sat 20/07/2024

The Equalizer | reviews, news & interviews

The Equalizer

The Equalizer

Denzel Washington fights crime in appealingly predictable thriller

"Odds against you? Need help?" Denzel Washington will find you.

Denzel Washington steps into the shoes of avenger Edward Woodward (TV series 1985-89) as a quiet, private man wrestling with his demons as he tries to stifle his natural gifts for violent justice. He’s reluctant to hurt people but, you know, he has skillz. Washington's easy grace and intelligence give this predictable policier manqué almost edible allure.

It was Antoine Fuqua who directed Washington to an Oscar in 2001’s Training Day. In the tough world of Hollywood, Fuqua’s Olympus Has Fallen won a match race between two White-House-in-jeopardy films. So, this vigilante story that’s been around for years with Weinstein, Sony and others, finally ended up in good hands, with filmmakers who understand the genre. The Fuqua/Washington team are also in line for The Equalizer 2 and a remake of The Magnificent Seven.

As entertainment, The Equalizer's memorable moments are very visual and, mainly, wordless. The script, written by Richard Wenk (Expendables 2), reportedly lost a lot of dialogue once Washington got involved – and it was the actor’s idea, apparently, for McCall to be rather obsessive if not OCD, lining up his cutlery and napkin, keeping his home spotless, et al. Washington’s McCall is, literally, a handyman. He works for a DIY warehouse where he’s razzed by colleagues about his mysterious past. A straightedge, he keeps to himself, spending sleepless nights reading The Old Man and The Sea at a corner diner. It all kicks off when Teri - Chloë Grace Moretz, sort of wasted in a wig (pictured above with Washington) - a young Russian prostitute, is beaten to pieces by her pimp. The girl wanted to be a singer and McCall just can't leave it out.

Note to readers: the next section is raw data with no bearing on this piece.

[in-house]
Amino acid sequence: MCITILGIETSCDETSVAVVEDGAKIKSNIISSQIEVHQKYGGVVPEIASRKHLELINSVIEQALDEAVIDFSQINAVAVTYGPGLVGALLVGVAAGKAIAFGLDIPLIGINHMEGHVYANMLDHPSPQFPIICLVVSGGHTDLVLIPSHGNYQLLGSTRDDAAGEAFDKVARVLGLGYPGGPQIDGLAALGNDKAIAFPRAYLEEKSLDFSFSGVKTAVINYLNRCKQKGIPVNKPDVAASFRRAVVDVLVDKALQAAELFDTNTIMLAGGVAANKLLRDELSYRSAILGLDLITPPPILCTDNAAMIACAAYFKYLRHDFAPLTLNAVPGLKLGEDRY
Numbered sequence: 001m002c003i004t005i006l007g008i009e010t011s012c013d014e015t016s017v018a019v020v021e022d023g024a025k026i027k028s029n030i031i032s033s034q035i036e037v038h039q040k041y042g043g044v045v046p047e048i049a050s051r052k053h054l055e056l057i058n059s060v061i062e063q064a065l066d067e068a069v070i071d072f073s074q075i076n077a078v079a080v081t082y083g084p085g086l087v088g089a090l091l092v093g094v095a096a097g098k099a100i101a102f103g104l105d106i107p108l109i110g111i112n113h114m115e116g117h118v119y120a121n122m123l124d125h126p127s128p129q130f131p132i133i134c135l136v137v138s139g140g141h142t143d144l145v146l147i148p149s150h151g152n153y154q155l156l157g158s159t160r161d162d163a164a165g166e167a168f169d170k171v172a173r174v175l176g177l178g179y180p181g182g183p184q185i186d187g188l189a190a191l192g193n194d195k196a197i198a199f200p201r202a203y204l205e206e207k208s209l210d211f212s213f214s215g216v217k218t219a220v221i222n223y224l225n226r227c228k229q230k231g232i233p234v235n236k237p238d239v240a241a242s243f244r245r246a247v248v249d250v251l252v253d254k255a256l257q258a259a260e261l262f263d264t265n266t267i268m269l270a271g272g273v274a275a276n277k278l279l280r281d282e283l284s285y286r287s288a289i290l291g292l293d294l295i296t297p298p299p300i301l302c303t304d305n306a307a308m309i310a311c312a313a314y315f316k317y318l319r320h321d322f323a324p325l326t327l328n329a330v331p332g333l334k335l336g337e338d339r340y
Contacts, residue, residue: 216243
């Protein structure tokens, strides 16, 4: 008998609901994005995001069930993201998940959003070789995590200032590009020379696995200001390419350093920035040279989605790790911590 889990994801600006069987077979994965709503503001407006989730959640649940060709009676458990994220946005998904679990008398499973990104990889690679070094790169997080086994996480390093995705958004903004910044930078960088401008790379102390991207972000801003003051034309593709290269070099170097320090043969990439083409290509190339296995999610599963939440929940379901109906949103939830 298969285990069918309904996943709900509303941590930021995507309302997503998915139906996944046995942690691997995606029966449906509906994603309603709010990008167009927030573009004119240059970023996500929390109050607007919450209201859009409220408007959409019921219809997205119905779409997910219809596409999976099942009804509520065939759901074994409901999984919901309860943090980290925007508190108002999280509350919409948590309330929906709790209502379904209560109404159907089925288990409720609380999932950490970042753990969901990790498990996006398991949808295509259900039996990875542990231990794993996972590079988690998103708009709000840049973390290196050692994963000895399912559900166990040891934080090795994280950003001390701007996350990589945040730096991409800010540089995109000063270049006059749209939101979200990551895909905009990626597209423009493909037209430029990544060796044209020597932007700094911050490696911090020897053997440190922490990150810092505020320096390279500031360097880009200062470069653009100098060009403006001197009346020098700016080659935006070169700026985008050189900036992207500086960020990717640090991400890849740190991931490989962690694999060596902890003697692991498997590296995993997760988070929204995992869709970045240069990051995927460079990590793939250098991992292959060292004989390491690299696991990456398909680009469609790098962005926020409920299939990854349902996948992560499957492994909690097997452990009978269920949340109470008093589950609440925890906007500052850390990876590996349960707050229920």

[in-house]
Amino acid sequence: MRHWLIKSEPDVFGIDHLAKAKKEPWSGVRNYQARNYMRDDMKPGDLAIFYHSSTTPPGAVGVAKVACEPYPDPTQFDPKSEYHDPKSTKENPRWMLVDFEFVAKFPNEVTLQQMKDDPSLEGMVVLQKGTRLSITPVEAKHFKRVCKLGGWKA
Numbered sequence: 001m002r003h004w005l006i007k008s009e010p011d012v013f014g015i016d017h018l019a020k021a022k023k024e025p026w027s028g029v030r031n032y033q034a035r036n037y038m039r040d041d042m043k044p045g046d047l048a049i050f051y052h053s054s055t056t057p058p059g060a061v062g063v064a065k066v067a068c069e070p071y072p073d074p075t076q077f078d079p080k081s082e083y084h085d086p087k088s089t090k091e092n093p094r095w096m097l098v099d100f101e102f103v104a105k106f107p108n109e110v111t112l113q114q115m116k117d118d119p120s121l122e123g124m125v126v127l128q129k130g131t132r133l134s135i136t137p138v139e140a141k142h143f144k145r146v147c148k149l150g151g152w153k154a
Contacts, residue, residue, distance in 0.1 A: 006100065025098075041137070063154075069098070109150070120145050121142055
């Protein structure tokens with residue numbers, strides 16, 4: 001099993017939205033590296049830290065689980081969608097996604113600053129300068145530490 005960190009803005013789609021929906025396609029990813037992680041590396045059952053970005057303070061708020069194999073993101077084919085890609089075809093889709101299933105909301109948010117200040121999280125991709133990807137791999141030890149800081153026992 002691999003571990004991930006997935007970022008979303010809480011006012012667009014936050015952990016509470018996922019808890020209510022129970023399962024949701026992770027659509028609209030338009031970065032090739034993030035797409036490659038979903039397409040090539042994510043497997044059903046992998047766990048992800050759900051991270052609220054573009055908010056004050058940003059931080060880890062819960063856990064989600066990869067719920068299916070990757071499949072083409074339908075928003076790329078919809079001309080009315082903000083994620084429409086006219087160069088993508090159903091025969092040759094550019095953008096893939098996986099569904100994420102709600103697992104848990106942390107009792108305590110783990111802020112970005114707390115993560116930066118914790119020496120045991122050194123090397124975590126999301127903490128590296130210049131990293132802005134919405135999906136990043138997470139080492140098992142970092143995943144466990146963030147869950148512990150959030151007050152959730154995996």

Beautifully shot in Boston locations by Mauro Fiore (The A-Team and Training Day), McCall’s super-calculated fighting skills are seen as trajectories of his thoughts, arcs of planning (as seen in TV’s Sherlock, et al). While there’s little new here, the pacing of Fuqua’s direction keeps predictable scenes surprising in delivery. Most notable is the confrontation scene at the hotel where Russian baddies are not quite bad enough.

Living in a bare apartment, helping an obese workmate get a better job, reading the classics, Washington’s McCall walks like a panther in workday overalls, with the serenity of a shaven-headed monk (albeit a deadly monk). He’s appealing to watch, even if his feats verge on magical. Bill Pullman and Melissa Leo are wonderful too as McCall’s secret contacts. The real discovery here is New Zealand actor Marton Csokas as the Russian who comes over to discipline the American mob. He’s scary and thrilling and dangerous and businesslike: think a bizzaro world James Bond.

Overleaf: watch a clip from The Equalizer

Washington’s McCall walks like a panther in workday overalls


Editor Rating: 
Average: 3 (1 vote)

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